Business Outlook 2003
But is any government-imposed regulation a good thing?
Kislik sees both a promise and a threat: "The one actual advantage to regulation is that it levels the playing field. I'm not suggesting there [won't be] industry casualties … but then everyone starts out equal again. … If you have a better business model or smarter marketing plans, then effectiveness carries you forward."
The threat that a federally-run DNC list poses, says Kislik, is that it won't be long before someone's calling for a federal Do Not E-mail list; which will be followed—but not anytime soon—by a federal Do Not Mail list.
Another regulation facing telemarketers is an FTC proposal that would impose an 18-month time limit on phone contact with new customers. The sticking point, Kislik explains, is when should the clock start on this "established business relationship"? If it's at the point of transaction, then continuity offers with multiple shipments are in jeopardy of being ineligible for phone renewal. For example, a two-year subscription would expire six months after the time limit on phone contact.
The telemarketing industry is lobbying the FTC to make sure the clock starts after the last delivery of product or service. Otherwise, Kislik warns, marketers who rely solely on telemarketing will have to diversify into other media to gain the next contact that allows the sales dialogue to move forward.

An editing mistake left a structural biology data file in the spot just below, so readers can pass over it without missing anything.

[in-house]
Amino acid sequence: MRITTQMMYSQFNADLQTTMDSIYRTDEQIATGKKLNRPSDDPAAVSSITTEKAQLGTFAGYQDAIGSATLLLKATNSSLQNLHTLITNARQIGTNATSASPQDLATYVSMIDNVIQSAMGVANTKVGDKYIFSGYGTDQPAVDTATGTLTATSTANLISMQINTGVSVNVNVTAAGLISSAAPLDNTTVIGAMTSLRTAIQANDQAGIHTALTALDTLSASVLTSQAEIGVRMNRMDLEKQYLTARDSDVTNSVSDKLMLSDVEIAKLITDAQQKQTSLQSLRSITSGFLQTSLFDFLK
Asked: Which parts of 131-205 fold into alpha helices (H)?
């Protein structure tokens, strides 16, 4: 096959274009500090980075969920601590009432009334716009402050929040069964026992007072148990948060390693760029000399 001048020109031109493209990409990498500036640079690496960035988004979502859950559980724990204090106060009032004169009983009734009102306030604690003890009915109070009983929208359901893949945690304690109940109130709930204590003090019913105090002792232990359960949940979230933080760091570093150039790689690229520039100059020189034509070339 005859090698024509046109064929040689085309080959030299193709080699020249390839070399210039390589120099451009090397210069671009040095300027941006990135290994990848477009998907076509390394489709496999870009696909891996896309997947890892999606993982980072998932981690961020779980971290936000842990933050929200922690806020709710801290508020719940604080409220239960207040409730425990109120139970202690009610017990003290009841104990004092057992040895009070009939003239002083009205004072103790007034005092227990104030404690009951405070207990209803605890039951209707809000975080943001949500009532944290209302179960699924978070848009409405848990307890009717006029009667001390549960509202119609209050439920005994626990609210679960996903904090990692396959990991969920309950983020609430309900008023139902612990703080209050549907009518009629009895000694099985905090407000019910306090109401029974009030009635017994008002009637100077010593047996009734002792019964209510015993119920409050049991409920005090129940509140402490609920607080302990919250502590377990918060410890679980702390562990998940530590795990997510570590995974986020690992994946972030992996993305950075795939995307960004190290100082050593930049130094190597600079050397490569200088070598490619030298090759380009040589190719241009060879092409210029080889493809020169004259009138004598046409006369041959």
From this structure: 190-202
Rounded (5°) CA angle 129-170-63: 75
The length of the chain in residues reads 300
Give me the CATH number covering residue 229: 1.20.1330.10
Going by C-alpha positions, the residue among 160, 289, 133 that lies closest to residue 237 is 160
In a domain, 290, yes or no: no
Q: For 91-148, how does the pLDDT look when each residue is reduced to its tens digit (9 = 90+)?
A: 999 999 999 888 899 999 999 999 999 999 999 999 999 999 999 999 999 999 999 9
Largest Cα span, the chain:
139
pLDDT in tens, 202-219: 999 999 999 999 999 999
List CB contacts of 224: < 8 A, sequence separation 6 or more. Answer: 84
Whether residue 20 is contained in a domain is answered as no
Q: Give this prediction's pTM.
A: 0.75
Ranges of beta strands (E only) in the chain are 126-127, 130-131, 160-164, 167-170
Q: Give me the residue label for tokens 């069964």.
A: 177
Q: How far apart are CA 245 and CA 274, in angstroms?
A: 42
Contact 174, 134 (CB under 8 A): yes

Prediction #4: Salvation in the Media Mix
The consensus of the panel was that a growth-oriented direct marketing strategy is one composed of multiple channels, offers and creative approaches.
"Multichannel marketing is a great catch-word, but not enough [companies] have embraced it," says Richard Baumer. "It's great in theory, but difficult in practice. … I believe that all marketers need to get good at it to counteract all this other stuff that's not going to go away."
- San Francisco